Y is for yottabyte

I am nearing the end of my series, “Digital: From A to Z,” that explores what it means to be digital. What’s in your A to Z of digital? Find me on Twitter @Max_Hemingway or leave a comment below.

You are probably more used to terms such as megabyte, gigabyte and terabyte in everyday computing terms. Yottabyte is a term used to define an amount of storage that is a lot bigger than these. The prefix yotta indicates multiplication by the eighth power of 1000 or 1024.

The below table shows the storage values and metrics:

Value Metric
1000 kB kilobyte
10002 MB megabyte
10003 GB gigabyte
10004 TB terabyte
10005 PB petabyte
10006 EB exabyte
10007 ZB zettabyte
10008 YB yottabyte


We are now living in a society that generates large amounts of data on a daily basis, with a passion to keep adding to it. The norm is to create and not delete.

With the growth of the internet, social media, mobiles, IoT, wearables and other data-creating devices and systems, we are each creating large amounts of data every day that need to be stored somewhere (this can be at your home, work, cloud or a third party collecting the data you create).

According to an IBM report cited by MediaPost, 90% of the data today has been created in the last 2 years, with 2.5 quintillion bytes of data per day generated — that’s 2,500,000 terabytes (or 0.0000025 yottabytes).

So, how much data do we create every minute? Domo have produced an infographic that illustrates how this is created across multiple platforms and systems, such as 456,000 tweets and 2,657,700 GB of internet data used by Americans every minute.

Another growth fact on the internet:

The Indexed Web contains at least 4.59 billion pages (Tuesday, 17 October, 2017).


The generation of data brings challenges of what to do with it and how to mine it for useful information through big data, AI, machine learning, data science and analytics. This has brought two views as to whether data is the new oil or not (data is the new oil vs data is not the new oil).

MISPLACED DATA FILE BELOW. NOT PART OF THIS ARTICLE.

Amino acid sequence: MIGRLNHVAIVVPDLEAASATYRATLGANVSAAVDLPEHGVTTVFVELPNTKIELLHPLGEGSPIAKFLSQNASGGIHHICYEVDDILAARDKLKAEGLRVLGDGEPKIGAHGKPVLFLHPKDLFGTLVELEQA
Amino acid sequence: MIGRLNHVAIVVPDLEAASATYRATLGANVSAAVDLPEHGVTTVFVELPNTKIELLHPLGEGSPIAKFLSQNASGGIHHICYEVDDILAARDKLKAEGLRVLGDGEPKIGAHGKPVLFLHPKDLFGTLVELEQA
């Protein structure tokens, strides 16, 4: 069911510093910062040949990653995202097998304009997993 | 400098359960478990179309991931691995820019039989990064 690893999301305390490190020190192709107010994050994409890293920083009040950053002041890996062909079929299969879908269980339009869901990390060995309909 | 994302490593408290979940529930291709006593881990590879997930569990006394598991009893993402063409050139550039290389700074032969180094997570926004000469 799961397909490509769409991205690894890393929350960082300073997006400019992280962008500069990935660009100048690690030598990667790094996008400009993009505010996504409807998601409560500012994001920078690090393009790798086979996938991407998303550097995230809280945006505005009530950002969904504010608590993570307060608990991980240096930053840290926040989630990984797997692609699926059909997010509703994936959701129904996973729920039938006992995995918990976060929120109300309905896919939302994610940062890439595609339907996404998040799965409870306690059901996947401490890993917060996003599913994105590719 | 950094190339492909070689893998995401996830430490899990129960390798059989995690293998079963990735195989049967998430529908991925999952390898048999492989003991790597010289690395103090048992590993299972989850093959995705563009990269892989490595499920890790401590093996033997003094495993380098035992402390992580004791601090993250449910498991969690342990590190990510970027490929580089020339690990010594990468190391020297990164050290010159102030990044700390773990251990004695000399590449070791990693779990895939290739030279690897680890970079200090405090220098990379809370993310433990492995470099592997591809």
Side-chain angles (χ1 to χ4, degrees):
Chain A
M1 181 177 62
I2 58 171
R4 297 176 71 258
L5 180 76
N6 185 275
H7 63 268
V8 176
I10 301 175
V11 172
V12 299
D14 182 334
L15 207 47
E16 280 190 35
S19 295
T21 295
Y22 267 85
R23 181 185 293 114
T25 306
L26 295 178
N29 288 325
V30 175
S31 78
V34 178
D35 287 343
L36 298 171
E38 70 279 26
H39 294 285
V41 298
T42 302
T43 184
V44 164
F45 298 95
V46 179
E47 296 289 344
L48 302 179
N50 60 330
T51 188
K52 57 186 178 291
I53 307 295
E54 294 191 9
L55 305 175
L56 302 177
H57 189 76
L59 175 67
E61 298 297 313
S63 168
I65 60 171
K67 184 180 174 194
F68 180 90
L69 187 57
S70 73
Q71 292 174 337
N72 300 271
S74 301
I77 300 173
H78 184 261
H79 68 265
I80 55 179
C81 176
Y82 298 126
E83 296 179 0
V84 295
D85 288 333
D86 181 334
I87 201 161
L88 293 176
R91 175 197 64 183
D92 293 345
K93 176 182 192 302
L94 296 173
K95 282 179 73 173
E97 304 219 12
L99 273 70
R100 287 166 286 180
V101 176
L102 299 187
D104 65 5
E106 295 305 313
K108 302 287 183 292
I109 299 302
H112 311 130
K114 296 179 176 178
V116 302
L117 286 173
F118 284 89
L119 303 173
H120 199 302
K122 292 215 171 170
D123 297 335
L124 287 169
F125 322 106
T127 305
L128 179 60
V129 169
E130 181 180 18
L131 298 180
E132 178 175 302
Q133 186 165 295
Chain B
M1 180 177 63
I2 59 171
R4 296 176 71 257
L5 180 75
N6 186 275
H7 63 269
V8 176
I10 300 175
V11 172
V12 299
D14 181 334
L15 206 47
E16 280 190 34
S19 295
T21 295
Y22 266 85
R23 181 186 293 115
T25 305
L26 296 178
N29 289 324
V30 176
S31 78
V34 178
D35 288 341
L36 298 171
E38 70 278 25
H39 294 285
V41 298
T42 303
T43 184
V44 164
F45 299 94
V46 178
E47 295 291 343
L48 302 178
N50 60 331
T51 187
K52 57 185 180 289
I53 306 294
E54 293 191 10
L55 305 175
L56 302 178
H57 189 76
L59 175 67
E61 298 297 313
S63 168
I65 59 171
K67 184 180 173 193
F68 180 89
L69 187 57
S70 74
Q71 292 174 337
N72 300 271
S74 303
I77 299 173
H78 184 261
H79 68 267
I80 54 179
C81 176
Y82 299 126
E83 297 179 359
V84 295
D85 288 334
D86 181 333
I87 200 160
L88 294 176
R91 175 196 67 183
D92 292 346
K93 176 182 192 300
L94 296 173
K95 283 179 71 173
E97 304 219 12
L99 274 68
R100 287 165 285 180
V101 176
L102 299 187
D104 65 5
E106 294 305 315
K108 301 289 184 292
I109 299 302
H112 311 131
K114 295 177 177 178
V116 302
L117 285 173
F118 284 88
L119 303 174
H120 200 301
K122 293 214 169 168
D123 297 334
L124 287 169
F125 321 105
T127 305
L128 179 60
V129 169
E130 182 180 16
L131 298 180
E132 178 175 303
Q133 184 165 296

The challenge of deleting and the right to be forgotten is being addressed through legislation in which companies and those storing data about others are now facing a bigger question of compliance with GDPR looming on the horizon. With the potential of big fines, GDPR is something that should not be ignored.

Failure to comply with GDPR could trigger fines of 4 percent of your annual revenue or €20 million, whichever is higher.

How much data are you generating today?!

Further Reading

Join me in my next and final post in my Digital A-Z series as I look at “Z is for zabeta.” See my last post, X is for xperience.

This entry was originally posted in Max’s blog.

Max Hemingway — Senior Architect

Max is a senior architect for DXC Technology in the United Kingdom. With more than 25 years of experience, he has a broad and deep range of technical knowledge and is able to translate business needs into IT-based solutions. Currently a chief technologist in the UK, Max has a proven track record acquired through continual client engagement and delivery of leading edge infrastructures, all of which have delivered positive results for end-clients, including IT cost reduction, expansion of service capability and increased revenues.


  1. […] This entry was originally posted in Max’s blog. See the previous post in the series, Y is for yottabyte. […]

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